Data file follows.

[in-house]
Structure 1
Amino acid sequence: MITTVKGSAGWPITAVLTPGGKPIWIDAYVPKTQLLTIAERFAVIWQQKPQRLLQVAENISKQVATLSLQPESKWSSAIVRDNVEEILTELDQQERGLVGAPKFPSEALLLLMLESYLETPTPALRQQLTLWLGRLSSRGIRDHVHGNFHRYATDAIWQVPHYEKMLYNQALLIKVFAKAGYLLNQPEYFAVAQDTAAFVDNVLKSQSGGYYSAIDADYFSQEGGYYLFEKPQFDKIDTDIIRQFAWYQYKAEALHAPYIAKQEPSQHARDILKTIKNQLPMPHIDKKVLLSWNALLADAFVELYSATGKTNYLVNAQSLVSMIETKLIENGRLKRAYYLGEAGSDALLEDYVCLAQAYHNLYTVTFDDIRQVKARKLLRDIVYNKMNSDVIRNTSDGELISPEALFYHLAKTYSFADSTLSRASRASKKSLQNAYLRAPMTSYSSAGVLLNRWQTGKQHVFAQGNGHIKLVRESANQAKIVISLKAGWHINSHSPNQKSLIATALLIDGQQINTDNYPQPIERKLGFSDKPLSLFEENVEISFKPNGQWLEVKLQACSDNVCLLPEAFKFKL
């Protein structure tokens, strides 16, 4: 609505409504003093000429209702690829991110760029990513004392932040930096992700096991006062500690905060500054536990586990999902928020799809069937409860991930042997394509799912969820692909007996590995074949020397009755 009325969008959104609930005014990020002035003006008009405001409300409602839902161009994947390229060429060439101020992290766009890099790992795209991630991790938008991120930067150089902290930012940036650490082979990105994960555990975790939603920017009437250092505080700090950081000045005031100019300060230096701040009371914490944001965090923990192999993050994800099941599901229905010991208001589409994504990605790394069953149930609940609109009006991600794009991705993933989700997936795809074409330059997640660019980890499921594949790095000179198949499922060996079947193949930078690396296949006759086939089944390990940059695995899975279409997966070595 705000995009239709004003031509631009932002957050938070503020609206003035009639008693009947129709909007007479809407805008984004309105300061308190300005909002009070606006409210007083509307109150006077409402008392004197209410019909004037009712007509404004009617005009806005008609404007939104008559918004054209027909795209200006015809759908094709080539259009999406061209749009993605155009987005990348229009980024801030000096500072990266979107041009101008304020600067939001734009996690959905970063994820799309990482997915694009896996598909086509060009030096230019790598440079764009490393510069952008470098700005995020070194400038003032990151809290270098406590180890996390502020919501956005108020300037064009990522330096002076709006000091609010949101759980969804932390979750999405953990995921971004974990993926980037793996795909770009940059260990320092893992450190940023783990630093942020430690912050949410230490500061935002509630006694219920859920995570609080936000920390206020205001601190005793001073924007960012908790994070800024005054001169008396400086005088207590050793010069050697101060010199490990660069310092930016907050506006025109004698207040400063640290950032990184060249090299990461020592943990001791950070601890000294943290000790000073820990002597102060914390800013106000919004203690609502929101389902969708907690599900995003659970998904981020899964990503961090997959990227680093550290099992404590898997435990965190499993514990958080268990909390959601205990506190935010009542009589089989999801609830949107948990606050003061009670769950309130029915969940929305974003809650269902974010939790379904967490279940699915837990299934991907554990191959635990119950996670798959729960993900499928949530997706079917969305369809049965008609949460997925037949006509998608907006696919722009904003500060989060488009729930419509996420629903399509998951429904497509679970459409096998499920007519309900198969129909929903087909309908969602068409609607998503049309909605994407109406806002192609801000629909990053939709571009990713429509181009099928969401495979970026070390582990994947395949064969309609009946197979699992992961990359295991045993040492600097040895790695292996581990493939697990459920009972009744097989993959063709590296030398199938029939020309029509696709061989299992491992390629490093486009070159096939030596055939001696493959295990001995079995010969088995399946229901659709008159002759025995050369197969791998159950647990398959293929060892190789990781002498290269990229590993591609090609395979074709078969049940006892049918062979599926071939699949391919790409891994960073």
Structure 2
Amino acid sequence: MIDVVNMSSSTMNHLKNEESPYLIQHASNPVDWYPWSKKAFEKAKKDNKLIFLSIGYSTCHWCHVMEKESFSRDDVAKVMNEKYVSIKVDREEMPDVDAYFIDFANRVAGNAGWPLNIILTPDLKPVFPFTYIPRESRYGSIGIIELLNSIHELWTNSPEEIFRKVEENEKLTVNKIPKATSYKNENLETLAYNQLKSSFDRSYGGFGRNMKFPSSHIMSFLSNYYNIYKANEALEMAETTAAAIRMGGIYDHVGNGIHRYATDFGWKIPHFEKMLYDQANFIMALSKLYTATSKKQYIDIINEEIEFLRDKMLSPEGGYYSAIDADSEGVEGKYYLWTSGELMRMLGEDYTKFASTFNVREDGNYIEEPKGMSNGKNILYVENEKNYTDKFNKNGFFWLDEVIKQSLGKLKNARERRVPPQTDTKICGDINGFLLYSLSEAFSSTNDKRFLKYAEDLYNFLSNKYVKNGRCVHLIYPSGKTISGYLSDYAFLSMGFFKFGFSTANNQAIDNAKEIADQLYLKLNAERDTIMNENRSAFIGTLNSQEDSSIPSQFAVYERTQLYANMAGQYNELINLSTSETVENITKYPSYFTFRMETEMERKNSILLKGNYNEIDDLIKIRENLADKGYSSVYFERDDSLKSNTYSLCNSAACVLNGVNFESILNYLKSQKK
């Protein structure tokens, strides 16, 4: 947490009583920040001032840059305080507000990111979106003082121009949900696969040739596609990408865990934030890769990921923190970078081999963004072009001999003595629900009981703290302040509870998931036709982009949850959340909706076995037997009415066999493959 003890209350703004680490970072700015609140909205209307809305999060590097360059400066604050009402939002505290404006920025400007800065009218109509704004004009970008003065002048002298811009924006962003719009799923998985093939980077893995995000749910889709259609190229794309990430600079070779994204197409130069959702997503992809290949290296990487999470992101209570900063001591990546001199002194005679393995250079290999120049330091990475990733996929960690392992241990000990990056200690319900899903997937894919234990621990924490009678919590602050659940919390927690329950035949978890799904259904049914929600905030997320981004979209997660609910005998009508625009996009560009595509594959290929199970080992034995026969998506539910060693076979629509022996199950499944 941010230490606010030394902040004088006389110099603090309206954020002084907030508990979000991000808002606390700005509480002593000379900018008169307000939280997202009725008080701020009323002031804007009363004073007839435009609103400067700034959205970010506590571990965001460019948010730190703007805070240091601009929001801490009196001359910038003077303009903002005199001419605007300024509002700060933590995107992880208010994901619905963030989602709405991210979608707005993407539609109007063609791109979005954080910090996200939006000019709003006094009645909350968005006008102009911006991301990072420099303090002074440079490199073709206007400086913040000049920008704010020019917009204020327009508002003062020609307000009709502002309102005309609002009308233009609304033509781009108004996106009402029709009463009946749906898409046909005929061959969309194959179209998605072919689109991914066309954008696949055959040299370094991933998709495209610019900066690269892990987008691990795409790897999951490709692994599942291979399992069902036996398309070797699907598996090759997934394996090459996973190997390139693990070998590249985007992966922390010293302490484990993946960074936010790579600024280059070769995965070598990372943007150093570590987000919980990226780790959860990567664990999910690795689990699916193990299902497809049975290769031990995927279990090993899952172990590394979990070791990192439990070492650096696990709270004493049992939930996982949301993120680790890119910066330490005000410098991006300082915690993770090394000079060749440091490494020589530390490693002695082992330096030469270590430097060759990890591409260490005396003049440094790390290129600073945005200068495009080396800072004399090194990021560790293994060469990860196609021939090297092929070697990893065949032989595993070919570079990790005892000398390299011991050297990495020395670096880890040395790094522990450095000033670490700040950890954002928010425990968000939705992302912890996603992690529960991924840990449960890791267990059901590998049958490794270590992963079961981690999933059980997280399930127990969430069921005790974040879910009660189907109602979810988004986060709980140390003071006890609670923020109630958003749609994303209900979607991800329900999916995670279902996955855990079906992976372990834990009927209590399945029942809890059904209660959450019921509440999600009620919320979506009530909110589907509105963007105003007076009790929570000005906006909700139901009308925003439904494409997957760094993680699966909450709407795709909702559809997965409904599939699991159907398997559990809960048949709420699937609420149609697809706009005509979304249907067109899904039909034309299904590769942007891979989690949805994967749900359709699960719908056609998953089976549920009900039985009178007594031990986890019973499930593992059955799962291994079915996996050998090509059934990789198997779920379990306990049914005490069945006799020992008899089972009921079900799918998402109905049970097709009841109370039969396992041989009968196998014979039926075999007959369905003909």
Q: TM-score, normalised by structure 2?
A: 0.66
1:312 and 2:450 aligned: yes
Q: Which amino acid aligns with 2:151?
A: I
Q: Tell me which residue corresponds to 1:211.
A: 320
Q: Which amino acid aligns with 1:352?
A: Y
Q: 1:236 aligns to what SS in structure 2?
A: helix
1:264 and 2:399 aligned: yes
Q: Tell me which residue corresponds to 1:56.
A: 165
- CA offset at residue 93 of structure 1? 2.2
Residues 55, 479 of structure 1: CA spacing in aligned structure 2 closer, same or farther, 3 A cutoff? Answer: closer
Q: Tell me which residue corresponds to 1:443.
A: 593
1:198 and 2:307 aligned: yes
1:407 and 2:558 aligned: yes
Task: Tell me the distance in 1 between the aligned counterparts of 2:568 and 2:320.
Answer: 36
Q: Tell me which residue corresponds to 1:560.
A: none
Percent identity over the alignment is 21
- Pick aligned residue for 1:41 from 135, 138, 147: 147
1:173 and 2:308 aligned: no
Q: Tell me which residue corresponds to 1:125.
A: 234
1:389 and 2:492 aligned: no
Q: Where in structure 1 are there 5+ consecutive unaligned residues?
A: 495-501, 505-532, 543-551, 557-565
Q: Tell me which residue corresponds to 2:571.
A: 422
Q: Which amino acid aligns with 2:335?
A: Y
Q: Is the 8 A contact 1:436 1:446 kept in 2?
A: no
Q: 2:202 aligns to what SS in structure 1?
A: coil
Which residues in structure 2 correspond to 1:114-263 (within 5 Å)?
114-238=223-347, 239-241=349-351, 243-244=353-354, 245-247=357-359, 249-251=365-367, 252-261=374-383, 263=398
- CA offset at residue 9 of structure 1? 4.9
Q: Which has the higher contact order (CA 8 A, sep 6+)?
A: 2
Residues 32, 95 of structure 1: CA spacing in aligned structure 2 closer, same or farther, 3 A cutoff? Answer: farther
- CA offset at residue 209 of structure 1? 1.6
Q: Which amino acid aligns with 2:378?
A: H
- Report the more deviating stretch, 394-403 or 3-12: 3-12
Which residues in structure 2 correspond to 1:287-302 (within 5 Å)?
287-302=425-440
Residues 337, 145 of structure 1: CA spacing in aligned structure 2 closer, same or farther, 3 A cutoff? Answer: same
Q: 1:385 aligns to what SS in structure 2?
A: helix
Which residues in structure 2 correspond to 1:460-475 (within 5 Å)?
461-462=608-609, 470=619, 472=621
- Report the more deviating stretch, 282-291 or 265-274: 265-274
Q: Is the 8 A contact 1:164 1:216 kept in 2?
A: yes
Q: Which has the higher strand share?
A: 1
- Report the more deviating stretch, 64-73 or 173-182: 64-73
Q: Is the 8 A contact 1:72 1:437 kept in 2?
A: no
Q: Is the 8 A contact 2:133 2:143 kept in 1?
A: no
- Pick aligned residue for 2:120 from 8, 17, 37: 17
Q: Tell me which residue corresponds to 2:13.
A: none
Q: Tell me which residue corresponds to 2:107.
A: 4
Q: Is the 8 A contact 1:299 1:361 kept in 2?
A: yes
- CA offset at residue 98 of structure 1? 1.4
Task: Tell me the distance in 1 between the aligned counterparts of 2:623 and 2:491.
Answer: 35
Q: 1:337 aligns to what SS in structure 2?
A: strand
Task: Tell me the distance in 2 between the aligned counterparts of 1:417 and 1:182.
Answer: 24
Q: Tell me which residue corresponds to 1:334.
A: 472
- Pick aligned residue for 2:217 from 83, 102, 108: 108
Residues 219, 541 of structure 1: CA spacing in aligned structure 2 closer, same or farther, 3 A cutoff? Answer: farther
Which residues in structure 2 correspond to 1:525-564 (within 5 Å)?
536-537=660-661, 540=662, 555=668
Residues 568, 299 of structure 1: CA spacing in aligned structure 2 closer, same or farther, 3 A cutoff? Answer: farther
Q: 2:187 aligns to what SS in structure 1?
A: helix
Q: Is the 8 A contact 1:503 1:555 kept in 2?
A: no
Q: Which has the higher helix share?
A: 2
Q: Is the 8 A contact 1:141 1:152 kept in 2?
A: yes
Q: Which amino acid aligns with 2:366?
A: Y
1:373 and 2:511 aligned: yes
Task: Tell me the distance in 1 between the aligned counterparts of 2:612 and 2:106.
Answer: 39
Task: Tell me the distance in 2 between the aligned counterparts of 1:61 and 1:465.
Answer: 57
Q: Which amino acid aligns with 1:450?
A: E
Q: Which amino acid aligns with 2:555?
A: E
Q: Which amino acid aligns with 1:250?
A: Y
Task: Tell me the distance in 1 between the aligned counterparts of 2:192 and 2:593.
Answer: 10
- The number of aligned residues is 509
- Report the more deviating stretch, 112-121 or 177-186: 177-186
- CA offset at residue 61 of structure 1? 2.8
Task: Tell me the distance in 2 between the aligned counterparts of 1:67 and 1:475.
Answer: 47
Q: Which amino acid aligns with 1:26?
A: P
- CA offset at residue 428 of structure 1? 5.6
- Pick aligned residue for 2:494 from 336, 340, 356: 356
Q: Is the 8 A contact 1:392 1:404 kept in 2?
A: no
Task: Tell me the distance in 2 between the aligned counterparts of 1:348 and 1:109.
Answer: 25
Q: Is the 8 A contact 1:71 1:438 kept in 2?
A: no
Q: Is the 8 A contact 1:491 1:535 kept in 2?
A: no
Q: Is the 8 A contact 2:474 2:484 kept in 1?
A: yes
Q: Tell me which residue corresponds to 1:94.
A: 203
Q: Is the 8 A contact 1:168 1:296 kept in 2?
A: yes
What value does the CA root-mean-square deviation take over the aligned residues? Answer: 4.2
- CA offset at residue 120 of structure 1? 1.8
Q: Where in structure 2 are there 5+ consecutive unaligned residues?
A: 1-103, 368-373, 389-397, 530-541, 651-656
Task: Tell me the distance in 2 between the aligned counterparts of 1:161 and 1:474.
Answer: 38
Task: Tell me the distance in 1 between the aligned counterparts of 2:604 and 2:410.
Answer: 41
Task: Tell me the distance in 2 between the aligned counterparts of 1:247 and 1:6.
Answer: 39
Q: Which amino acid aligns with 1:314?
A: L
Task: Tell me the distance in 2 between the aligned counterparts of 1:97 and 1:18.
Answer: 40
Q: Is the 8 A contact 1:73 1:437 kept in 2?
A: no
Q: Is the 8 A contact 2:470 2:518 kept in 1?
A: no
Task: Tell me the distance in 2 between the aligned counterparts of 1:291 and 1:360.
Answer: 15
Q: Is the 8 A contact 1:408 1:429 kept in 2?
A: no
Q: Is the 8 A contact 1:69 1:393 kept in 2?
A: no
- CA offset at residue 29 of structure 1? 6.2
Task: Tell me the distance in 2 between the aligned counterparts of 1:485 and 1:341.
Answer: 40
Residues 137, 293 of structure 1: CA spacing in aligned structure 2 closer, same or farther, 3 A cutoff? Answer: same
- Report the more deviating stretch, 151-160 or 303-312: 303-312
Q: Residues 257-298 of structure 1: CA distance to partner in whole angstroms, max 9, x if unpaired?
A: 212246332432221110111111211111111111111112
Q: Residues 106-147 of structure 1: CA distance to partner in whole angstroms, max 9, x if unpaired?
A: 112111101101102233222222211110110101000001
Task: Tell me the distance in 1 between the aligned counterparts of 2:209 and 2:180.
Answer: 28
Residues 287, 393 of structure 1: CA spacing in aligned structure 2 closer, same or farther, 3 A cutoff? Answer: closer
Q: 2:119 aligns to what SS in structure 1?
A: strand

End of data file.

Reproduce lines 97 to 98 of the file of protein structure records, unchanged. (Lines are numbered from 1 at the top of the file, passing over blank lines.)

A: helix
Q: Is the 8 A contact 1:503 1:555 kept in 2?